The animal known as the alligator was known in English as the lagarto or aligarto (and other variations) until Shakespeare's time. These names can be traced to the Spanish phrase "el lagarto" ("the lizard"), which in turn derives from the Latin word for "lizard," "lacerta". The English spelling, however, does not approximate alligator until the First Folio of Shakespeare’s works in 1623; the Folio uses the spelling "allegater".

In the last act of Romeo and Juliet, the servant Balthasar reports to Romeo about Juliet’s supposed death. The despairing young lover plans his own suicide by securing poison from a nearby apothecary who keeps "in his needy shop a tortoise hung, / An alligator stuff’d, and other skins"(V.i.42-43).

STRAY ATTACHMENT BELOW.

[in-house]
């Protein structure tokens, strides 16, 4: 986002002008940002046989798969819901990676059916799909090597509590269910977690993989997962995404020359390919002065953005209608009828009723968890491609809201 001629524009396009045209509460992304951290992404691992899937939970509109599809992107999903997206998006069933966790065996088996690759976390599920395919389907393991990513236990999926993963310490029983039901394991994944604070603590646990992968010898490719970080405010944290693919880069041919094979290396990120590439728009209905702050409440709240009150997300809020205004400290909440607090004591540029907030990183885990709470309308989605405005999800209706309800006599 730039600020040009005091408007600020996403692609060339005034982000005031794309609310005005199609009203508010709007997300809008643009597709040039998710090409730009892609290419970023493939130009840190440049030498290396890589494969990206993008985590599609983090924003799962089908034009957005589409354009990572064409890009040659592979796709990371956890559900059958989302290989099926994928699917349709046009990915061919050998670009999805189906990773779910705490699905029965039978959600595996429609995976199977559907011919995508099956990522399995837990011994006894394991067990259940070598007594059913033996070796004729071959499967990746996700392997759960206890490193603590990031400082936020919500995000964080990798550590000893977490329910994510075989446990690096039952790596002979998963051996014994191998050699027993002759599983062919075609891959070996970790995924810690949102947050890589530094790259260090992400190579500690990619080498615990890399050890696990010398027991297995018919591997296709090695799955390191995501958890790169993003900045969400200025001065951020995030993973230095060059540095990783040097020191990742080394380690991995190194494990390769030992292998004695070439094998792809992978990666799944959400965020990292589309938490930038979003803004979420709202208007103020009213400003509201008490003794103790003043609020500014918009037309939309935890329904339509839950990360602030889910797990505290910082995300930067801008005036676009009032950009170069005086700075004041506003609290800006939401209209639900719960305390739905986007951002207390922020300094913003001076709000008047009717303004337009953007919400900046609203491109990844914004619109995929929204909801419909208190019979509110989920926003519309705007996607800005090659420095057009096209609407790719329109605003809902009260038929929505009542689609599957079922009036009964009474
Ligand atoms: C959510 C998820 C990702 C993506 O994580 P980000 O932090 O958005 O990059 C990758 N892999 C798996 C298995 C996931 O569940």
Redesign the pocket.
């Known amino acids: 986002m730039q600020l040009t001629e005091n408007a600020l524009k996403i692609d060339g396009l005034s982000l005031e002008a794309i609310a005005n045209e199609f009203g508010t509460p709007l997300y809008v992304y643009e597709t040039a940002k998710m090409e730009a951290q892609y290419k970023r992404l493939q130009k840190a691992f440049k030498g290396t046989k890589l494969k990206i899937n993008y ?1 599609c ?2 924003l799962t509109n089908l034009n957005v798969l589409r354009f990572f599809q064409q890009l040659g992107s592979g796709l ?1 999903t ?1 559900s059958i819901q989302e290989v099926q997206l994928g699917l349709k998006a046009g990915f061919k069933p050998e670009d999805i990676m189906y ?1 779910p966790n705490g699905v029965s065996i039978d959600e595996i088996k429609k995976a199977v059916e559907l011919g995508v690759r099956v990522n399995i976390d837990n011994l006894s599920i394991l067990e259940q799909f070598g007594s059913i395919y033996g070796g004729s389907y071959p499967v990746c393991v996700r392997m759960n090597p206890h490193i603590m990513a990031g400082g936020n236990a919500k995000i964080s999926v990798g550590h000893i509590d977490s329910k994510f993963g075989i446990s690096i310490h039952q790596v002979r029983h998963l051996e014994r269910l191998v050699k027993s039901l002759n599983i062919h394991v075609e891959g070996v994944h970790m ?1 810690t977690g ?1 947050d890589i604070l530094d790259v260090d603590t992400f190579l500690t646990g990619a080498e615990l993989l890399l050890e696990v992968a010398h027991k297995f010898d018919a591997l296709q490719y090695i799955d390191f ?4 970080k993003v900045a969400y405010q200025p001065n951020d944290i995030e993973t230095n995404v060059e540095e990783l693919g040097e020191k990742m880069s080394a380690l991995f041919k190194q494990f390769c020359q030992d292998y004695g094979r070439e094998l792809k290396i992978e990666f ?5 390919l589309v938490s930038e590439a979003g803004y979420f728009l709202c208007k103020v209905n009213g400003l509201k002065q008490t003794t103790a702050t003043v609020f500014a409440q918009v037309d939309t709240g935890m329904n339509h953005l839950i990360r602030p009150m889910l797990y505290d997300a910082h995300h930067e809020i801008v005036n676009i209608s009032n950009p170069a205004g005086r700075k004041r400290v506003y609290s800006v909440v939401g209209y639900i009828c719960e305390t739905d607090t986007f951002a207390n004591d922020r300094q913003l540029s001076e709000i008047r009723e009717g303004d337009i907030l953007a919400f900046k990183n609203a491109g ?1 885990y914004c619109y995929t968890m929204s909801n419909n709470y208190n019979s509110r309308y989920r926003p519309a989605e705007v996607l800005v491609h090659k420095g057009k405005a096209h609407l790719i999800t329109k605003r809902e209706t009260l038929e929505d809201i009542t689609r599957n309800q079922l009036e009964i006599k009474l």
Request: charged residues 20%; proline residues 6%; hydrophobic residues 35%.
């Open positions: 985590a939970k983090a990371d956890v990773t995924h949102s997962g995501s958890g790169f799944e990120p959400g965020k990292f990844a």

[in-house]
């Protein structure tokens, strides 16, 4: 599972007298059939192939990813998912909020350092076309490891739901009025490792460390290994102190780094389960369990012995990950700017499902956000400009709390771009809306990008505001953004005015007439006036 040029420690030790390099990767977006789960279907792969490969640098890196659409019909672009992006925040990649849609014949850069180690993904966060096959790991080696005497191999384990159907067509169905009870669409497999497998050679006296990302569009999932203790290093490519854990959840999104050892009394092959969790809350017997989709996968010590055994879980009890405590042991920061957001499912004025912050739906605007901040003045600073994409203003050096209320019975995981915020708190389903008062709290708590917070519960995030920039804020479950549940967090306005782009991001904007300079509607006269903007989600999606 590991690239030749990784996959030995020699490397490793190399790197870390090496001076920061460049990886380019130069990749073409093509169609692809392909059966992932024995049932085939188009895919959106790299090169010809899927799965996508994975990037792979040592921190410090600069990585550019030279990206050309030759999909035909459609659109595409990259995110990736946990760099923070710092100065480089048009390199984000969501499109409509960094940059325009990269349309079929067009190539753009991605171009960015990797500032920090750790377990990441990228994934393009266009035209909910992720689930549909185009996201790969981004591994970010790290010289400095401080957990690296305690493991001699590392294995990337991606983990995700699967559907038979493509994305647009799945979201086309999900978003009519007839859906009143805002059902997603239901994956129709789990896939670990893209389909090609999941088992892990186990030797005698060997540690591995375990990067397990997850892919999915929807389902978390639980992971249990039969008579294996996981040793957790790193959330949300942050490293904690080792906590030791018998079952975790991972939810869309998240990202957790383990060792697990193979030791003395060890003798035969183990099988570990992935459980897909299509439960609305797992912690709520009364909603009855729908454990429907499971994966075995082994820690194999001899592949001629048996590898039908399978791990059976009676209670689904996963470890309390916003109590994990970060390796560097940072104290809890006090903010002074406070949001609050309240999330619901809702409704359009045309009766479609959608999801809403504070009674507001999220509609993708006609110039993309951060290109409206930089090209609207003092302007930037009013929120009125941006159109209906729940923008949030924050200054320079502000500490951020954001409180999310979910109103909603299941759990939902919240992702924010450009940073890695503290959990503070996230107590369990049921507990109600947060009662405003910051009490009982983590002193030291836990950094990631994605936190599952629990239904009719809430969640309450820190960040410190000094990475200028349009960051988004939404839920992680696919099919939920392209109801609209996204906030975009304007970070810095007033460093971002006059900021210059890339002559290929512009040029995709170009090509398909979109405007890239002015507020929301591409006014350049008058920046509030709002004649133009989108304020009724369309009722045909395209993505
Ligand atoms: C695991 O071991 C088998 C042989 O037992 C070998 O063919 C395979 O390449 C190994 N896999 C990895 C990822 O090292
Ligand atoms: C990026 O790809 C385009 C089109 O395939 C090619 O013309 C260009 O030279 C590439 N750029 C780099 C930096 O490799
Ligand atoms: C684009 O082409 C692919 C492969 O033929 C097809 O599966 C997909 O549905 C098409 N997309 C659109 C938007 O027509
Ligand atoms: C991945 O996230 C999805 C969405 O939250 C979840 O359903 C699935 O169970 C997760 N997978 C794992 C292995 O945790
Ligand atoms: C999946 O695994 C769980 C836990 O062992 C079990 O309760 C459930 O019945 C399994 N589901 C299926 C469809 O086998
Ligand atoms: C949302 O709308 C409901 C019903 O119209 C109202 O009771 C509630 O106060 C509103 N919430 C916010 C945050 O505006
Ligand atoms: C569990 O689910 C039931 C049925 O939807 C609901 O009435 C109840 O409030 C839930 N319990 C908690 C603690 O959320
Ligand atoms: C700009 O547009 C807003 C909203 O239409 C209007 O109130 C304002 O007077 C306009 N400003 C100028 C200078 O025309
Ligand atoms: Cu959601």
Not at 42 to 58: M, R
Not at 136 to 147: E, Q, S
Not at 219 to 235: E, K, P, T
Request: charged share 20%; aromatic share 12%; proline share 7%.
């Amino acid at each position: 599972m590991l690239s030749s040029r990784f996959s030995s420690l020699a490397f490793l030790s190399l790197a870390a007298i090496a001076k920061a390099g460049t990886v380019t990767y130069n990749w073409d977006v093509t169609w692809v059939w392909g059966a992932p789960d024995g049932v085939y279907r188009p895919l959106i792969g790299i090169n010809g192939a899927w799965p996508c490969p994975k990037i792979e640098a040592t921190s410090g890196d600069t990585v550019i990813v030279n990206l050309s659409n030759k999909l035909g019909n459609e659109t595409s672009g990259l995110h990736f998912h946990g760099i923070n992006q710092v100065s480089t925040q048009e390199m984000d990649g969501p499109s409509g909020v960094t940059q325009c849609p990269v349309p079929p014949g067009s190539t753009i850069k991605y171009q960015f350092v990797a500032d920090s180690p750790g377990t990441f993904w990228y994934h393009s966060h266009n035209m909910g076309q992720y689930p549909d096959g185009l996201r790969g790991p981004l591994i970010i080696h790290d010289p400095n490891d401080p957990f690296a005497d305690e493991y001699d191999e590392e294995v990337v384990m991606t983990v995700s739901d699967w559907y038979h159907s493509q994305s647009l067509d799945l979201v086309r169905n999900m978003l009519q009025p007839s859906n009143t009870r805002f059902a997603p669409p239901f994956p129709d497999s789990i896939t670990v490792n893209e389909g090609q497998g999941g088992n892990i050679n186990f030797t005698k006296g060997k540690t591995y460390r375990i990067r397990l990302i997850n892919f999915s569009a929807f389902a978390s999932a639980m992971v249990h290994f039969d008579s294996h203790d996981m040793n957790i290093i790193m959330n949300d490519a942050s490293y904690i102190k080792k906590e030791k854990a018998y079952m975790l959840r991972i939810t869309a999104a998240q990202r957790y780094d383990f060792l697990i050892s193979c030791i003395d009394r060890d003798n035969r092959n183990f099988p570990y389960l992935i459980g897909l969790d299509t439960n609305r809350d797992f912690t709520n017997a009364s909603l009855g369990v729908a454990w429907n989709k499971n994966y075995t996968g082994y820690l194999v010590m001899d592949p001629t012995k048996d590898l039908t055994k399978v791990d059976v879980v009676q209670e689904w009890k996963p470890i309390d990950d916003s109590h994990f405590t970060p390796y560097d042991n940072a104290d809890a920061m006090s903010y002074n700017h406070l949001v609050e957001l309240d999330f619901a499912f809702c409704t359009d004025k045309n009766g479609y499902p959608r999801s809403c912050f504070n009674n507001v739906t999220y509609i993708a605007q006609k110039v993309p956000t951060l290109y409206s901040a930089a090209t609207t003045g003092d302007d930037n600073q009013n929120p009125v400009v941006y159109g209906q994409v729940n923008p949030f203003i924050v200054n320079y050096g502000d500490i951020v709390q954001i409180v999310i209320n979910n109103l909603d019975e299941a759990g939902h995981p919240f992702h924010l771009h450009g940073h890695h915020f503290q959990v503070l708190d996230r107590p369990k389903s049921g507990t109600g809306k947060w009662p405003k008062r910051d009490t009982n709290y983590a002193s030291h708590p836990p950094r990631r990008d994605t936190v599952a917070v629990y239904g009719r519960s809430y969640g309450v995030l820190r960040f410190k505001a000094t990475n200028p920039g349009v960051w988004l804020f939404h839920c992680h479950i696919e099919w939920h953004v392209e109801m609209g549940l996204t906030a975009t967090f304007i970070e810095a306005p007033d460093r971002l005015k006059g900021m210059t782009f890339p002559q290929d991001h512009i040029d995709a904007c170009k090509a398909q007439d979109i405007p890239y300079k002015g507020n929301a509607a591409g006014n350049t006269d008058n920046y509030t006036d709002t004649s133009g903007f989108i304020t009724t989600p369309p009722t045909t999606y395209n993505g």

Shakespeare makes no further reference to this animal, but that use of the "r" to end its name became accepted, and by 1699 alligator was established in its current spelling.